As a final decision on the Draft Policy is yet to be made, the Council’s existing Development Contributions Policy applies until further notice. Read more
DCC: Spatial Plan for Dunedin
‘Dunedin Towards 2050′ (The Spatial Plan), sets the strategic direction for Dunedin’s growth and development for the next 30+ years. It outlines a broad set of principles, strategic directions, policies, and actions and visually illustrates how the city may develop in the future. It will be used to guide land-use planning in the city as well as influencing how future infrastructure and services may be provided or limited. The Spatial Plan is primarily, but not solely, concerned with Dunedin’s urban form and design. Urban form and design refer to the spatial arrangement of a city, in other words, the shape of a city as seen from the air including the overall pattern of development, activities, and infrastructure as well as the design or ‘look and feel’ of the city and how it functions. Urban form and design have a significant impact on the sustainability, liveability and economic performance of cities.
DCC: Second Generation Plan for Dunedin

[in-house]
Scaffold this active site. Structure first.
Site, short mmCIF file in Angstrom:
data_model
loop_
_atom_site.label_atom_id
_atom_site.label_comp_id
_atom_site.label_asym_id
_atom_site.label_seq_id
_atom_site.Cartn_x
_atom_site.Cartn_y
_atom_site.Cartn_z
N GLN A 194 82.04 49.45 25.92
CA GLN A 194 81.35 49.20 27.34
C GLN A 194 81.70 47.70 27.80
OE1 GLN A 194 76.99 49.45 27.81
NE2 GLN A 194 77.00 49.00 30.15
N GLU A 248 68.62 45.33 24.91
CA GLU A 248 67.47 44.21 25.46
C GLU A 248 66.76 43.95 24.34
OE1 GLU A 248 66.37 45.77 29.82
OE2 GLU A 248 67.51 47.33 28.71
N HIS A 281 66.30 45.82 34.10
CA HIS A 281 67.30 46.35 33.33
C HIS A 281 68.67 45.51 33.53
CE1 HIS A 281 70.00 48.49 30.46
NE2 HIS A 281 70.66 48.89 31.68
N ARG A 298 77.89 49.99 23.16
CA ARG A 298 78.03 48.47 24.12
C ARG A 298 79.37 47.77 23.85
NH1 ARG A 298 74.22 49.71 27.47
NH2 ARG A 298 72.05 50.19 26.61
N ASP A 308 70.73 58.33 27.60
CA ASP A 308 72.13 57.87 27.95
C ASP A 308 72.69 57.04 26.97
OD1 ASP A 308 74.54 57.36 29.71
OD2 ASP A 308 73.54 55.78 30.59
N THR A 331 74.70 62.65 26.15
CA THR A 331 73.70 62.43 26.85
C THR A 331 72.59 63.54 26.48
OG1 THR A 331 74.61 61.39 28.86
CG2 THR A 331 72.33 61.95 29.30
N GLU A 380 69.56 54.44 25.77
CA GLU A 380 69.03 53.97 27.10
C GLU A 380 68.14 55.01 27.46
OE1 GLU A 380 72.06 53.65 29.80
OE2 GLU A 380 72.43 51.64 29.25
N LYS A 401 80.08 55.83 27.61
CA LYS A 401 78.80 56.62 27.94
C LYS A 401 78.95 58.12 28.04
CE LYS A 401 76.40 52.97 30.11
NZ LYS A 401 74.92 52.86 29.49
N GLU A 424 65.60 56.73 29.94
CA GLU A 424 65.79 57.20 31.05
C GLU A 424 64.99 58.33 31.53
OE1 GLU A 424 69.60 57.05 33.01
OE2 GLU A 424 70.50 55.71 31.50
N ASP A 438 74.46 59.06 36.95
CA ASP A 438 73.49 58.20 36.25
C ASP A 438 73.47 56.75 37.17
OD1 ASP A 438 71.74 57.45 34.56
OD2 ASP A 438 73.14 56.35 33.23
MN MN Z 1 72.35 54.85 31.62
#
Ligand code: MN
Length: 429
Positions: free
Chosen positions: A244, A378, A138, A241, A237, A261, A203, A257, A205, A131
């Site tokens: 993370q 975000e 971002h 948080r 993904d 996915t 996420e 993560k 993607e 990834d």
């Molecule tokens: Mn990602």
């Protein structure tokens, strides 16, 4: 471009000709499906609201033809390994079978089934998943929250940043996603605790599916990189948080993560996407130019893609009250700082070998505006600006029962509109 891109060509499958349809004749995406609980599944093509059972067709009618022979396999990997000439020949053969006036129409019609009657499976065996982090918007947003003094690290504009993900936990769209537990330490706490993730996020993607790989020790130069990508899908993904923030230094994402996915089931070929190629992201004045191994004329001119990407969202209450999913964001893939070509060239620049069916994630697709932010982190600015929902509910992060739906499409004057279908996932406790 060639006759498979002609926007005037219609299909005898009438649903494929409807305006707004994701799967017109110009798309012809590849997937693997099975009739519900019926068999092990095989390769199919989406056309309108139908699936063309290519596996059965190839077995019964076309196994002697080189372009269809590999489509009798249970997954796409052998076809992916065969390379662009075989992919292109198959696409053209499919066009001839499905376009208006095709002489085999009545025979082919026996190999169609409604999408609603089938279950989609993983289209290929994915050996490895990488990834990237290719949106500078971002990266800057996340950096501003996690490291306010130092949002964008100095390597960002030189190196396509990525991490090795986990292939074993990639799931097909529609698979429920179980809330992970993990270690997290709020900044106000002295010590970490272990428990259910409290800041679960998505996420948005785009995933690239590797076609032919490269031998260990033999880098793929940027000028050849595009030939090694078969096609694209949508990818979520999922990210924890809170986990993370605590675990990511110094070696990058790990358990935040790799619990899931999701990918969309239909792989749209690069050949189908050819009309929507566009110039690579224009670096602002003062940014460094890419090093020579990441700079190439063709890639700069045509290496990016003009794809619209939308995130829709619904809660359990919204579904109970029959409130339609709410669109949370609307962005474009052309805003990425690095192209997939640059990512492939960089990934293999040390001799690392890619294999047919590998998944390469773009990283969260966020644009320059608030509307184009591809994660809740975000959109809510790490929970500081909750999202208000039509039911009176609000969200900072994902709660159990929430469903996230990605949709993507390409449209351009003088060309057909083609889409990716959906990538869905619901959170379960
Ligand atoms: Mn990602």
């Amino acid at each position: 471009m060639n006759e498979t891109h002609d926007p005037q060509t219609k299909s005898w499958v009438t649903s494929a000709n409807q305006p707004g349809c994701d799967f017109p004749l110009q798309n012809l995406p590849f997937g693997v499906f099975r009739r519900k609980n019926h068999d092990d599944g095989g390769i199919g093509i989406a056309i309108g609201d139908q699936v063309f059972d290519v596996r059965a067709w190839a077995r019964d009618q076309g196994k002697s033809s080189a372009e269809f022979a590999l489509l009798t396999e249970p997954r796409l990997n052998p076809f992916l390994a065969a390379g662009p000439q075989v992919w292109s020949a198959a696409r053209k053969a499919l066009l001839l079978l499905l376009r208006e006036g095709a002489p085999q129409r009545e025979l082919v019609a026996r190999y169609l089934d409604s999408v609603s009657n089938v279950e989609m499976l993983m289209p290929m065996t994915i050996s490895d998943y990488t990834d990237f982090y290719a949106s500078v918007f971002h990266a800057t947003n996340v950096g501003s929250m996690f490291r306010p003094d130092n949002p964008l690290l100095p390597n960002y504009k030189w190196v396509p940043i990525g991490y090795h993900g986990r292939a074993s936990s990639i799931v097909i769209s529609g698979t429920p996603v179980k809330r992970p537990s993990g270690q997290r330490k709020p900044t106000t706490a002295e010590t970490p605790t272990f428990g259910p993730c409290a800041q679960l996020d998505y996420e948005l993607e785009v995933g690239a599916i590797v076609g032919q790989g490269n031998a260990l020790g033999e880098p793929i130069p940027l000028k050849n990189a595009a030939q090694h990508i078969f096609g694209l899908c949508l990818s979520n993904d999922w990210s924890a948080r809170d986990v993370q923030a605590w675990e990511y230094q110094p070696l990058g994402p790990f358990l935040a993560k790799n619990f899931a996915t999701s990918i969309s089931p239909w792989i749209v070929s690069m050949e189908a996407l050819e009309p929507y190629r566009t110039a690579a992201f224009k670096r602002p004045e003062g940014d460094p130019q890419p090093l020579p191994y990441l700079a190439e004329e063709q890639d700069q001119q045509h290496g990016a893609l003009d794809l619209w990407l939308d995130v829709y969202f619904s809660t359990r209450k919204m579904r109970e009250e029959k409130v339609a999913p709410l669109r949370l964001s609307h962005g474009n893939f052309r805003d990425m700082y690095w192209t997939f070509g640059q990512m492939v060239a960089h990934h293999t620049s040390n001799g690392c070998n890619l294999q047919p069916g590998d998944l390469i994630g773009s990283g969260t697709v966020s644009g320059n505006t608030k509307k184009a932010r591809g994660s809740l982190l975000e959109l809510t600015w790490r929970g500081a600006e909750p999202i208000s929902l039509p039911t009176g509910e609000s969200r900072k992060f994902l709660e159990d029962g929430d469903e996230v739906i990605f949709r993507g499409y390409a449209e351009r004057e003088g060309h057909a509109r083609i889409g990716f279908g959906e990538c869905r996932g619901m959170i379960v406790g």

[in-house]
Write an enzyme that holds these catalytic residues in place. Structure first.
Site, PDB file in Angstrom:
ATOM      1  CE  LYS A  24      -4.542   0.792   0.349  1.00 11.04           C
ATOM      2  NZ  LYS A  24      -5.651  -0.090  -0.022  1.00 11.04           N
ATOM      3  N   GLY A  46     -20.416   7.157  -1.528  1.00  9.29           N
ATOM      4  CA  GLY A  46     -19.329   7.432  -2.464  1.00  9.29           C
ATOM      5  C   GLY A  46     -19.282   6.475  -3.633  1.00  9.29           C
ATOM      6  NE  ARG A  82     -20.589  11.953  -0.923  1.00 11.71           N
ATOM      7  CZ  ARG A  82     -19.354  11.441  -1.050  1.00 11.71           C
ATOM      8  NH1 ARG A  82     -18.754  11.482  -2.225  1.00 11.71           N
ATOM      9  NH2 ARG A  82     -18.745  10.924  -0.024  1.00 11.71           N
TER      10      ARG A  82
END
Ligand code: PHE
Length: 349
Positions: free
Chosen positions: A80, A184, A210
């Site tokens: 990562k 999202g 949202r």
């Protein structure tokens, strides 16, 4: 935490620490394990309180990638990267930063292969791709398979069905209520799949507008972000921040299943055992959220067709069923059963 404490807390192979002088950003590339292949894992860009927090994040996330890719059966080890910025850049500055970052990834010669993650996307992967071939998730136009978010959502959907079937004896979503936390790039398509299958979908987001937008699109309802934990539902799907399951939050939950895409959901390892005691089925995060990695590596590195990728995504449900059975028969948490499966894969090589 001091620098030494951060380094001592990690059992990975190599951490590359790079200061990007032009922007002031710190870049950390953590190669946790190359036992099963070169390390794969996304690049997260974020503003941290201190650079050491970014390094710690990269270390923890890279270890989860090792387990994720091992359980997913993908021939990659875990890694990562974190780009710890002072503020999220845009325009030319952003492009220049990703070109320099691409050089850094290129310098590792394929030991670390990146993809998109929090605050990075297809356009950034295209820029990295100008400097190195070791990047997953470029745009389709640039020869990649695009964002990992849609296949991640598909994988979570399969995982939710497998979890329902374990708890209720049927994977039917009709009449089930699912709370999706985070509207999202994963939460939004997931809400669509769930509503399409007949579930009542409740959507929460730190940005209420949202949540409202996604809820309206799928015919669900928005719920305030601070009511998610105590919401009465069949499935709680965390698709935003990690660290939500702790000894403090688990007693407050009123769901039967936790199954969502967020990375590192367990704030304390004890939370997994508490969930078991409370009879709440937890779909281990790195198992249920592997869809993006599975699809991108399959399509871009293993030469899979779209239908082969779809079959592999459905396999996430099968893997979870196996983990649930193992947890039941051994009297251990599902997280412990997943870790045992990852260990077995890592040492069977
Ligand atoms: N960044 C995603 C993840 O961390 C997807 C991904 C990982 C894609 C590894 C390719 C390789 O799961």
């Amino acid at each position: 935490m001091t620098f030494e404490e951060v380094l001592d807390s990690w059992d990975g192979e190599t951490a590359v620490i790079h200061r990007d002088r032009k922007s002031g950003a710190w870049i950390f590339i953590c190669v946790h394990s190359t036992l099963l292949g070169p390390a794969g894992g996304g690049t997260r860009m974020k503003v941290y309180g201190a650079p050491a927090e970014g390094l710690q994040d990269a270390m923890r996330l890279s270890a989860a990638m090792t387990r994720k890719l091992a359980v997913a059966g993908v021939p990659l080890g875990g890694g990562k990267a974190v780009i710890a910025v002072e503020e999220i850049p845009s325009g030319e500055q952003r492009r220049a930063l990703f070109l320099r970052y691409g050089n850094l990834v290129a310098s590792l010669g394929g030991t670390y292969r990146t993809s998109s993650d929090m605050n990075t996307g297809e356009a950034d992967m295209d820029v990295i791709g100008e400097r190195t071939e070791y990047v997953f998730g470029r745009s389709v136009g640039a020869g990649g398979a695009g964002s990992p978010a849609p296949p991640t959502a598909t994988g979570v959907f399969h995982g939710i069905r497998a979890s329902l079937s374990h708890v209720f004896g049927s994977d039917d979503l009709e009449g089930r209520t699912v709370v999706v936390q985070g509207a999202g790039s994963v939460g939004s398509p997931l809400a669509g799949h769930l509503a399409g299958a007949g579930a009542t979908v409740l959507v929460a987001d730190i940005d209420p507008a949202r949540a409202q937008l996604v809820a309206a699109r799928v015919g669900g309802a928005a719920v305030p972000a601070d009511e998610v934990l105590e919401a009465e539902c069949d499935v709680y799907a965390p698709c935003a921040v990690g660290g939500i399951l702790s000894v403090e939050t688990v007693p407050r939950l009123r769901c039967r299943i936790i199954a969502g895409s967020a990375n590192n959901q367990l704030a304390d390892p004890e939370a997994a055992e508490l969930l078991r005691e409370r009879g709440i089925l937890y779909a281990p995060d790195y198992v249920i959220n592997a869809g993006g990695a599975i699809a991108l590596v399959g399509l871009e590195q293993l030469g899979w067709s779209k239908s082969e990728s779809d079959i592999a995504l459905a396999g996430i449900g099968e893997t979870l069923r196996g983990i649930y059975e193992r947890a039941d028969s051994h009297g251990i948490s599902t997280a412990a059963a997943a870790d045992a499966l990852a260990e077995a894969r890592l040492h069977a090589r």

The Dunedin City District Plan controls what people can do on their land and how it can be developed. While there have been some changes and new zones added (eg the Stadium, Airport and Harbourside zones), most of the current Plan has not been reviewed since 2006 and a lot of it dates back to the 1990s. The council is reviewing the Plan as a whole to fix the parts that are not clear or working properly, to recognise the changes to land use and development within Dunedin, to discourage poor development and to align with changes in national policy guidance. The review will produce a second generation plan (2GP), which is the second plan prepared under the Resource Management Act 1991. This is a long process with a lot of research and analysis, and input from stakeholders and the community.
DCC: Strategic Directions
The Strategic Directions of the second generation plan will establish the overall management approach for the 2GP, stating the important outcomes for the city:
● Dunedin is Environmentally Sustainable and Resilient
● Dunedin is Economically Prosperous
● Dunedin is a Memorable and Distinctive City with a Strong Built and Natural Character
● Dunedin has Strong Social and Cultural Capital
● Dunedin has an Attractive and Enjoyable Built Environment
● Dunedin has Affordable and Efficient Public Infrastructure
● Dunedin has Quality and Affordable Housing
● Dunedin is a Compact City with Resilient Townships
On the local . . .
Meanwhile, developers across the Taieri are champing at the bit to re-create ‘Wanaka sprawl’ on the flood plain with little regard for the protection of high class soils —despite the objectives of the spatial plan that places wise emphasis on the rural area becoming the city’s food basket (resilience).
### ODT Online Wed, 12 Feb 2014
Benefits seen for Taieri area